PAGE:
Pantoprazole-induced autoimmune chronic hepatitis

Abstract : BACKGROUND: Although very rare, pantoprazole can result in acute hepatitis. It has yet to be reported, however, that it can also cause chronic autoimmune hepatitis. AIM, METHOD AND RESULTS: We report the case of a patient in whom pantoprazole administration for 2~months was followed by acute liver injury with severe jaundice and features of autoimmunity. A liver biopsy revealed acute hepatocellular lesions associated with cholestasis, acute cholangitis and polymorphous inflammatory infiltration suggestive of drug-induced liver injury. The jaundice disappeared following discontinuation of the pantoprazole. There was, however, chronic autoimmune liver injury, with the occurrence of extensive liver fibrosis within a few months. This led to the administration of immunosuppressive agents, which led to progressive and complete recovery associated with the disappearance of autoantibodies. CONCLUSION: This observation further supports the notion that pantoprazole can induce acute hepatocellular hepatitis, and it strongly suggests that it may trigger acute cholangitis and autoimmune liver injury. This case also helps document that some drugs can induce chronic autoimmune hepatitis that can resolve with immunosuppressive treatment.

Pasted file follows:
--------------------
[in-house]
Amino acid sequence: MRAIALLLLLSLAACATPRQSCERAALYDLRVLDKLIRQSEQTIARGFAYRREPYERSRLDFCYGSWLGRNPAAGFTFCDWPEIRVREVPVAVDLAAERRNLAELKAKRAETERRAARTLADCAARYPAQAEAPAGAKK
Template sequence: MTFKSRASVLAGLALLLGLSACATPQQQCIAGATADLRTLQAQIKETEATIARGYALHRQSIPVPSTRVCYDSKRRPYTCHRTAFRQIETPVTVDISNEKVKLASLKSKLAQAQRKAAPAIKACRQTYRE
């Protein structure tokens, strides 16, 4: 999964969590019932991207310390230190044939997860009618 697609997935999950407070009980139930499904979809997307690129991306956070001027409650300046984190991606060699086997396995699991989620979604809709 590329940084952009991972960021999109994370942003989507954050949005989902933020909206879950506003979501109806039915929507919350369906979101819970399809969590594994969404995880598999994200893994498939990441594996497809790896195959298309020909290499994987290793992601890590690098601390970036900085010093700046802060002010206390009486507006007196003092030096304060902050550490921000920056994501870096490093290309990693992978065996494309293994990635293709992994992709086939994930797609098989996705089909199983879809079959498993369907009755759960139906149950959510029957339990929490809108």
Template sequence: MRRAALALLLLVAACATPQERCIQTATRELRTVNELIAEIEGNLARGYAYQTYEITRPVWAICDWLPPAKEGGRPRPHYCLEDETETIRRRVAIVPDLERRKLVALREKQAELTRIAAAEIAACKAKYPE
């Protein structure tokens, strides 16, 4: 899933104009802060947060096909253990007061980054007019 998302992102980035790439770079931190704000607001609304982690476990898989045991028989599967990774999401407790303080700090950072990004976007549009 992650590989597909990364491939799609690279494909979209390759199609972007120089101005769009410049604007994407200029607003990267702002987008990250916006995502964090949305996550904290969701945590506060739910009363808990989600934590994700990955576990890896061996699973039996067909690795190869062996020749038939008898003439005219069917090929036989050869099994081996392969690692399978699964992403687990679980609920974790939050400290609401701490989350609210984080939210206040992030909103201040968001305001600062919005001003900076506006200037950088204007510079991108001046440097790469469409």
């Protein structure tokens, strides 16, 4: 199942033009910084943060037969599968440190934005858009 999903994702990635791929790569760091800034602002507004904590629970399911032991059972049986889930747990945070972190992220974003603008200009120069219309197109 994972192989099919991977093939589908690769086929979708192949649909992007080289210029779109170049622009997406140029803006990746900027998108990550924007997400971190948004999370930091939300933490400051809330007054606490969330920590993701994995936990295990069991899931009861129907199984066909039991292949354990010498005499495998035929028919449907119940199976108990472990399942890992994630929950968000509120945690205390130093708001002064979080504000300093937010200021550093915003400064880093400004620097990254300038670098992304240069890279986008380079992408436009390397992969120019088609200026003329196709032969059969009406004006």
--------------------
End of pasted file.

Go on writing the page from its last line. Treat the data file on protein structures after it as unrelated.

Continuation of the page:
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Submitted on : Tuesday, October 29, 2019 - 5:45:37 PM
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Lucy Meunier, Jose Ursic-Bedoya, Georges-Philippe Pageaux, Dominique Larrey. Pantoprazole-induced autoimmune chronic hepatitis. Liver International, Wiley-Blackwell, 2018, 38 (6), pp.995--999. ⟨10.1111/liv.13737⟩. ⟨hal-02338046⟩



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